“The BodyCharger systems allows most every person in an airport to stimulate their circulation effectively, quickly, and conveniently through mechanical muscle stimulation generated by whole body vibration. When travelers place their feet, they can leave their shoes on, on the BodyCharger vibration plate, their lower extremity muscles will fire or exercise. The muscle movement is induced by mechanical stimulation. It is exercise. Your feet even sweat and you can actually see the muscles move. You even feel it after a couple hours, just like when you jog,” Eberhardt described.

The BodyCharger System is easily installed in front of the seating airports already have. There’s no charge to sit at a seat with the system installed, but to engage the vibrations and USB chargers, users can insert cash or swipe their credit card. Two minutes of vibration costs $1 and 10 minutes costs $5.

“We fabricate a platform in which the vibration unit sits on top of and is bolted to that platform on the inside, and it also allows us to hide the electrical cords. And then we just simply slide it right in place,” Eberhardt said. “The revenue for airports can be extremely compelling and it's a simple way for them to get immediate income. There's no build-out. They're a plug-and-play amenity.”

The BodyCharger System is currently installed at the Greenville-Spartanburg International Airport and Eberhardt said the response from travelers has been “oh my god.”

“People absolutely love them. If I happen to be there servicing, I've had hundreds of people tell me, ‘this is absolutely fantastic. I wish you had this in my airport.’ One guy was having trouble walking and you could tell he was tired from walking to the gate. And I asked him if he wanted to try it, ‘sure.’ So we sat down and put his feet on the vibration plate and I put in a free coupon for him. He just like melted. He looked at me with his mouth open, he says, ‘oh my gosh, this is fantastic.’ We get the ‘oh my god’ all the time,” Eberhardt described.

Eberhardt is continuing to improve the systems’ design, recently adding a table to them, and educate people one the benefits of whole body vibration. He sees a future where the BodyCharger System is a staple in airports around the world.

“There's no reason why this should not be in every airport in the world. It should be a staple in an airport like water fountains and heart defibrillators,” Eberhardt said.

Catch a Flight and a Film

The Hollywood Theatre is a 1926 movie palace located in Portland, Oregon. In 2017, the theatre gained a counterpart at the Portland International Airport (PDX).

The Hollywood Theatre at PDX is a first-of-its-kind, 17-seat free microcinema located post-security at PDX’s concourse C. The theatre showcases short films from Oregon natives, played on a 24/7 loop and is open to all airport passengers.

The theatre took three years from concept to opening, but Doug Whyte, executive director of the Hollywood Theatre, said PDX was interested in the idea from the get-go.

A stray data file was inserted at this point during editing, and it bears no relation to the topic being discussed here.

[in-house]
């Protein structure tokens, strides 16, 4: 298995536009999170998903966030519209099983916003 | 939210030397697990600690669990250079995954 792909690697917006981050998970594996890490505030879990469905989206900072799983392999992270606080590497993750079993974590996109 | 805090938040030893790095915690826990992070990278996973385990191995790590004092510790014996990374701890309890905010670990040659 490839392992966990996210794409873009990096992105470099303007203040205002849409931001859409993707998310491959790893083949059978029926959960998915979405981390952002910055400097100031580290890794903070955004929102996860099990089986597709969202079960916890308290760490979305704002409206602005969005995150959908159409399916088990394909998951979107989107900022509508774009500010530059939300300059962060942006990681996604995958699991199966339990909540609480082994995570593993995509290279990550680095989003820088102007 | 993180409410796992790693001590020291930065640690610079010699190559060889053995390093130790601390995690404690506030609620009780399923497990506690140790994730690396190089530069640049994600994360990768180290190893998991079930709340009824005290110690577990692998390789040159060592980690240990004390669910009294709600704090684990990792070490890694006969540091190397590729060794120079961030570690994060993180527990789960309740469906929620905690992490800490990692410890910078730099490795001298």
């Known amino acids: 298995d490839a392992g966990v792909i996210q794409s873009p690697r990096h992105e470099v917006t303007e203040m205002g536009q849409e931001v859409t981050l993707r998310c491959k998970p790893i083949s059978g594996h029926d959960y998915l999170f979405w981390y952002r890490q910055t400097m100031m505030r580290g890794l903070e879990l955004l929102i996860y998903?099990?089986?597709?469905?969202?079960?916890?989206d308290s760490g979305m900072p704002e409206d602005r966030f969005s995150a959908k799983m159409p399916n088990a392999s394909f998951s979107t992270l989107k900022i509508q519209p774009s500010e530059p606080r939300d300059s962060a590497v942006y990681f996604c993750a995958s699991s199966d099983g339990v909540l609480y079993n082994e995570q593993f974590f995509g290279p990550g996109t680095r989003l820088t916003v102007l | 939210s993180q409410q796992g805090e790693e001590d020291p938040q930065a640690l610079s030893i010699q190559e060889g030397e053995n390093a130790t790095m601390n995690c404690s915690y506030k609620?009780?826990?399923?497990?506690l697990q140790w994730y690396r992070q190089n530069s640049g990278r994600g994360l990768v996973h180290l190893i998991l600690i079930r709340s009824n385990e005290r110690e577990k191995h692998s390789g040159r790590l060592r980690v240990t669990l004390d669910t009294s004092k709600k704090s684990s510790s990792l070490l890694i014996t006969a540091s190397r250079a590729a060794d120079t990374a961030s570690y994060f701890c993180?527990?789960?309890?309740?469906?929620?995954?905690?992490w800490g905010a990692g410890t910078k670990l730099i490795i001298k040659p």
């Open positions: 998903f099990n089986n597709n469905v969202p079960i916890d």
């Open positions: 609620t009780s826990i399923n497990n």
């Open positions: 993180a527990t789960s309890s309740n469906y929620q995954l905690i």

“We had read an article about some movie theaters in airports overseas. Portland airport is a pretty creative, real locally focused airport, and it just kind of felt like they might be open to something like this,” Whyte recounted. “Their initial reaction was they were very interested.”

The challenge was figuring out what the theatre would exactly look like and how it would operate.

“There's not a lot of big international layovers and things like that. So right away it was kind of like, well, what would this be? Because feature length films wouldn't really work that well. People don't have two, two and a half hours to watch a film. So, right away we thought of something where people could pop in and out that was free, that had short films by local artists,” Whyte said.

Films rotate out quarterly at the theatre. The films show amount to about an hour’s length all together and are reviewed by the airport to ensure they’re appropriate for all ages.

As a none profit organization, the theatre relies heavily on donations, but that hasn’t stopped it from being able to offer the same full-size move going experience at the airport.

“Pretty much all the projection and sound equipment was donated to us from a company called Triad Speakers and Barco Projectors, and a whole group of theater people came together to donate everything. We have about a $200,000 projection and sound system that was donated, and they actually help us upkeep it and keep things running smoothly. If something breaks, they replace it. Those partners who are donating all their time and resources, really make it happen,” said Whyte.

And the response to the Hollywood Theatre at PDX has rivaled that of its full-sized counterpart.

“It's been kind of amazing actually. We have this big beautiful historic theater on Sandy Boulevard here, but it's funny, I probably get as many comments about our airport theater as the big historic theater. To me it just seems like it's universally loved and such a unique thing, and people see it as a very Portland thing. There is a lot of excitement around it,” Whyte described.